Broadgreen Cemetery on Thomas Drive is the congregation’s fourth cemetery, the others being located at Upper Frederick Street, Oakes Street and Deane Road.
In 1904 land was purchased. An ohel (prayer hall, pictured below) was built as well as a house for the groundsman and his family.
Whilst Broadgreen is not as historical in terms of the men and women buried there, who laid the foundations for the Jewish Community in the early part of the nineteenth century, it can lay claim to be the resting place of many prominent people of the community, who not only maintained but contributed massively to the further development and status of our city.
As a point of historical interest, at the top right side of the cemetery is a small site containing the remains interred in the congregation’s first two cemeteries. These graves date back to the 1780s.
Here lie the remains of some of the very early settlers to Liverpool’s Jewish Community. The likelihood given on researched historical information, going back to early 1770’s if not earlier.
Records tell us that Jews were active in Liverpool in the early 1750s. The first Synagogue was in Cumberland Street, it is believed to have had a burial ground, but no records or physical remains exist.
The earliest burial ground for which any information exists was in Upper Frederick Street (pictured left), the adjoining house was used as The Liverpool Hebrew Congregation’s Synagogue between 1789 and 1807.
In due course, we hope to have enough information to give a substantial picture of the people buried here, their ages, where they came from, and their connection to the families of later years who established themselves and were in turn contributors to the success and wellbeing of this much-loved city of Liverpool.
Also, one must not forget those men of the congregation who made the ultimate sacrifice in two world wars who are buried in the cemetery.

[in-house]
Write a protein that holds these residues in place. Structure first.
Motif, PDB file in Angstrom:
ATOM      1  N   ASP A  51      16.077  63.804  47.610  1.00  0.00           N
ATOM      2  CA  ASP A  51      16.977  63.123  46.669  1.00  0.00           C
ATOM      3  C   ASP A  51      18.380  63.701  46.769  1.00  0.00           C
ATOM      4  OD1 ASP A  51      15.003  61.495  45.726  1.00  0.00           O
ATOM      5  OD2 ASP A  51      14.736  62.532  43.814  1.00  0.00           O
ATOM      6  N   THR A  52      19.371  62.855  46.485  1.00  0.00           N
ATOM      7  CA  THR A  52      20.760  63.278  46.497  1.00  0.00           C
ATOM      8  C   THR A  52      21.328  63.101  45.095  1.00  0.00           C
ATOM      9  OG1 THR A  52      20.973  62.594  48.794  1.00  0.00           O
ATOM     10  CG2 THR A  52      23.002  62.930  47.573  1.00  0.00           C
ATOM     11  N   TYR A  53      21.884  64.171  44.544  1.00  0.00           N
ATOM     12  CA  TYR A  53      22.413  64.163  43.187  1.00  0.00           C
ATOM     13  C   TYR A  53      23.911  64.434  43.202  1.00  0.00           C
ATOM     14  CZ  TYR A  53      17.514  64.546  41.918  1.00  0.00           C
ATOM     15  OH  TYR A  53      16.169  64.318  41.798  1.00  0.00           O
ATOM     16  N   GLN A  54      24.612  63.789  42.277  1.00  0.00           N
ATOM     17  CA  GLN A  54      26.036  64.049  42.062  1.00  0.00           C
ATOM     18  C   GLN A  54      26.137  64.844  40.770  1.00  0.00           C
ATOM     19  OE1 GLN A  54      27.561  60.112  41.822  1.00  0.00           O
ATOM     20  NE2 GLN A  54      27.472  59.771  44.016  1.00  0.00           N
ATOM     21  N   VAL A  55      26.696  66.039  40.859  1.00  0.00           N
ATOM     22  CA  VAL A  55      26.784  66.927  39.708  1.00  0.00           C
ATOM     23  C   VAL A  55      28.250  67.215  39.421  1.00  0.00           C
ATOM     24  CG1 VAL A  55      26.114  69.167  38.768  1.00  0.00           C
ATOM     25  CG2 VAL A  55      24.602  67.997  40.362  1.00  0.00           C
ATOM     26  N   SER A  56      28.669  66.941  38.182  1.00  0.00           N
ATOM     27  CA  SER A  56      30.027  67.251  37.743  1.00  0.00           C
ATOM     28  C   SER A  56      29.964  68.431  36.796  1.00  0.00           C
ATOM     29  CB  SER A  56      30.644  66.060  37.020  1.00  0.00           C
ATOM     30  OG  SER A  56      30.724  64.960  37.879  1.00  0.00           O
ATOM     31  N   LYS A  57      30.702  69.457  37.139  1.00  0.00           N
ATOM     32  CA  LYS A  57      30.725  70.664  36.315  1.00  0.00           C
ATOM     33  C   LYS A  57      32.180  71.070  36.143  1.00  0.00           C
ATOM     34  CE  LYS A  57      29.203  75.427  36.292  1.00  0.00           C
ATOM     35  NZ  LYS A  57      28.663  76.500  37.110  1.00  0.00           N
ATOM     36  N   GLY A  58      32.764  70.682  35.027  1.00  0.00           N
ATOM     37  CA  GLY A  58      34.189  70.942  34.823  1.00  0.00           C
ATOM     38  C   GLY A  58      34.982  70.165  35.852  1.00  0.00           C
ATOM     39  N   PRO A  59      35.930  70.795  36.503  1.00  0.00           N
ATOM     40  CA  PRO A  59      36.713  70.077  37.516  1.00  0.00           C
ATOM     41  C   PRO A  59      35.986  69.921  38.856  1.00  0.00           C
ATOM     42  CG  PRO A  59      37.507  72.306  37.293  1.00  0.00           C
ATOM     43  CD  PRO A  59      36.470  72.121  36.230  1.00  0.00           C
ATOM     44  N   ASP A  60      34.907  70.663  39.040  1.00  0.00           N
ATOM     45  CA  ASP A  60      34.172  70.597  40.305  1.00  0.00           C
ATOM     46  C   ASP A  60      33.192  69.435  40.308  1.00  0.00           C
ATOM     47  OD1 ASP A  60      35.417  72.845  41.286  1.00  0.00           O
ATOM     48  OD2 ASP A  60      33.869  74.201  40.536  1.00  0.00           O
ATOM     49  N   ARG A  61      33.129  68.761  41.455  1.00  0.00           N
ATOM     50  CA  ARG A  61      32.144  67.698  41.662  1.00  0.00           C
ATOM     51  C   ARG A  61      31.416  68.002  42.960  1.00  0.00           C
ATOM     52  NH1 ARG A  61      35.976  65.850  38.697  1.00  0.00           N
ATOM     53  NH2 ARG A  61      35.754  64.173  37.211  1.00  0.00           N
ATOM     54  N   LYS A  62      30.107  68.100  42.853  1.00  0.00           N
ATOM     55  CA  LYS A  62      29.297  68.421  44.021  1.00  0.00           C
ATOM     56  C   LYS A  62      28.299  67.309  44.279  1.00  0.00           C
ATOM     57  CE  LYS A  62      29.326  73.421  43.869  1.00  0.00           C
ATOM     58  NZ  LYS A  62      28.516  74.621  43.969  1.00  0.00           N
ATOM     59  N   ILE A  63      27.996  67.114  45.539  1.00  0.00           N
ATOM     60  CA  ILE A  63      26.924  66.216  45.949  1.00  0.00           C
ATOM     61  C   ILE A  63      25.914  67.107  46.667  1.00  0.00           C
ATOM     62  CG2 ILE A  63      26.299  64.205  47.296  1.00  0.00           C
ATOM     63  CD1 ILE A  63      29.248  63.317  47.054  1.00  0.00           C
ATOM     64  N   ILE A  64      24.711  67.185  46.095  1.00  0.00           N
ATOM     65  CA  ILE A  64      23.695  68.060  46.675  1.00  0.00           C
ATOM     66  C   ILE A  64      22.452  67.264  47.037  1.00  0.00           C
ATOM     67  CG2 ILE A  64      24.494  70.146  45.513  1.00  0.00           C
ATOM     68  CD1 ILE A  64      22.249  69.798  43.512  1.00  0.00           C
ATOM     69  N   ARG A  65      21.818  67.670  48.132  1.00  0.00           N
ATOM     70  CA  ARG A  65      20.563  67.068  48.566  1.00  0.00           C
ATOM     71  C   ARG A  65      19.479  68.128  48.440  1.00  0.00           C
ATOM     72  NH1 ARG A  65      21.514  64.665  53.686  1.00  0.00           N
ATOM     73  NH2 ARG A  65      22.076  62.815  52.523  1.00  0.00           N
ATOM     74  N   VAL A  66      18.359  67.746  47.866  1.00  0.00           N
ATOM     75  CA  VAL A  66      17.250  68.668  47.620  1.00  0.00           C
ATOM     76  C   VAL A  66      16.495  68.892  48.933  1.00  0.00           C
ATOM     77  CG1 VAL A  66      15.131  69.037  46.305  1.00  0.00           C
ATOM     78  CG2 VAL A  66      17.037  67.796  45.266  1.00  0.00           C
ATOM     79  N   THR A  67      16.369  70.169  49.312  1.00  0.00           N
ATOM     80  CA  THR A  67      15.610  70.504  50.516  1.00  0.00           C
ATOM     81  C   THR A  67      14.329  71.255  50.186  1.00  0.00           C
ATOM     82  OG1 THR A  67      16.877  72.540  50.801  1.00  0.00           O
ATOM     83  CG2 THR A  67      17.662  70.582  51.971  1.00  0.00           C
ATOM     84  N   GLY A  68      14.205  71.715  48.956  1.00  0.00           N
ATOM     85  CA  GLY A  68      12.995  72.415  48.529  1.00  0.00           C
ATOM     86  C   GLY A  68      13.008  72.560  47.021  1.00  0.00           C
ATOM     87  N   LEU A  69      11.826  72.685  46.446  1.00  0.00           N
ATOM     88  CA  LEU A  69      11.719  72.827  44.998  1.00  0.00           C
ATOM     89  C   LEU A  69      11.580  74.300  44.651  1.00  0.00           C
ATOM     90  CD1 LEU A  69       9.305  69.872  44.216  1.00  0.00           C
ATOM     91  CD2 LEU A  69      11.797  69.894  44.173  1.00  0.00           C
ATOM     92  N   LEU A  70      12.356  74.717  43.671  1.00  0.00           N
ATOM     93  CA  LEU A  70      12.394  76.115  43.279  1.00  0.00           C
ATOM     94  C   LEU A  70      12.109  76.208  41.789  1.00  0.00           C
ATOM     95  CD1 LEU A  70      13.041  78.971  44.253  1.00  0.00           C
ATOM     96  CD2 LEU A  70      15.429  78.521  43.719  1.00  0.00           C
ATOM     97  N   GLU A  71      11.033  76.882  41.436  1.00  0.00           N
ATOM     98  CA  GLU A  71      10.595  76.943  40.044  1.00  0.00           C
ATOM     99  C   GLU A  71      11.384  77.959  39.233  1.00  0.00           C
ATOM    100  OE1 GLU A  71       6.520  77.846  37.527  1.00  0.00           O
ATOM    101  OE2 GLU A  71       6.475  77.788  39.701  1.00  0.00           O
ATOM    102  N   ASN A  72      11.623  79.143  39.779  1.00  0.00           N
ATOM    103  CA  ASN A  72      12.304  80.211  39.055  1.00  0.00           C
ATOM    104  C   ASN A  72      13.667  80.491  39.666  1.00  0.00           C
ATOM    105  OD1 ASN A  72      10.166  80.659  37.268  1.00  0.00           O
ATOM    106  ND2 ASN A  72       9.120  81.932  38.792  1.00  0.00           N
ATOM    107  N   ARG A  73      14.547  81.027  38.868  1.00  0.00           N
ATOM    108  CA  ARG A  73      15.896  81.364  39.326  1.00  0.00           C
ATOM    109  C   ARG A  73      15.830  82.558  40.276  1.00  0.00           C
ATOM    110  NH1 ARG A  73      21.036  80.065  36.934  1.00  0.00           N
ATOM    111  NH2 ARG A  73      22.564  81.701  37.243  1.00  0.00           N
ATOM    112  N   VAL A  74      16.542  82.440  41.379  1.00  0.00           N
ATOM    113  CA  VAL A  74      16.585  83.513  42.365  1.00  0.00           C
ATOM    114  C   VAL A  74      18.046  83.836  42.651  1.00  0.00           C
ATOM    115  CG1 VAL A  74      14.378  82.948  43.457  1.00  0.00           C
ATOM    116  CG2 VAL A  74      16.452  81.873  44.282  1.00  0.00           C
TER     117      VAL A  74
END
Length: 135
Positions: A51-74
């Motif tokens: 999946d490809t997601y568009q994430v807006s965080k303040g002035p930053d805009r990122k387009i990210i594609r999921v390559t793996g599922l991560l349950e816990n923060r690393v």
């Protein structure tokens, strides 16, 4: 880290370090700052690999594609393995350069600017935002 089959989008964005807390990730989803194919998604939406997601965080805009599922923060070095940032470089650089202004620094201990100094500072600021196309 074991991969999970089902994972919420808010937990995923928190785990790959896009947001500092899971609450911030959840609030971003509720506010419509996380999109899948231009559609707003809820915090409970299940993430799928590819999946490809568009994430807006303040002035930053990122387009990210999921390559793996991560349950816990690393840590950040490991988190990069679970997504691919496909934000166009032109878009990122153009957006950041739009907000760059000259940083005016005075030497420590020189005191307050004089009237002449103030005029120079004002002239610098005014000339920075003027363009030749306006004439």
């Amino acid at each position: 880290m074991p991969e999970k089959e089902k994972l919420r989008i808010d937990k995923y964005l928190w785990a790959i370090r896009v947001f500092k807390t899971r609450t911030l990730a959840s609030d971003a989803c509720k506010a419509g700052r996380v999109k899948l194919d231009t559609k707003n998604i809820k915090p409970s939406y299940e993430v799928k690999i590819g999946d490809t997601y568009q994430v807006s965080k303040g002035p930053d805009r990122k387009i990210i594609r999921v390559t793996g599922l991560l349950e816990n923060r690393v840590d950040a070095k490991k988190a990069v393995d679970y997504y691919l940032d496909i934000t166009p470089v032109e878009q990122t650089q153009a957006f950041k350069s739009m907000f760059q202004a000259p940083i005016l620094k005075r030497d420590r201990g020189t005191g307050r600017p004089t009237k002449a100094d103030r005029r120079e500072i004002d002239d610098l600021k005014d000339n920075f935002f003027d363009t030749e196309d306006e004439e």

Genealogical research has been carried out for all these men, so more information about their lives, their military service and the location of their graves within the cemetery, will soon be available at the cemetery site itself.
On the right side of the Ohel (Prayer House) at Broadgreen cemetery is a wooden Star of David which is one of the original grave markers which marked the grave of an unknown Jewish soldier who died on the Western Front during the First World War, prior to the grave being permanently marked by a stone headstone. These replacements of Stars of David and Crosses started to take place after the war, and in some cases did not take place until the 1930s.
The Broadgreen example being dedicated to an unknown soldier was probably donated to the congregation as a symbolic memorial some time around 1930.
This may be significant in that (to the author’s knowledge) it is the only example of a Star of David memorial to survive. firstname.lastname@example.org
In 2014, a new memorial garden to those who fell in the two World Wars was created and intalled at Broadgreen. For more information, please click here.
A new groundsman Mike Bell has been engaged and it is his responsibility along with the Burial Board chairman and his deputy to see that the cemetery is maintained to the high standard for which it is known.
Any enquiries should be made to the synagogue office.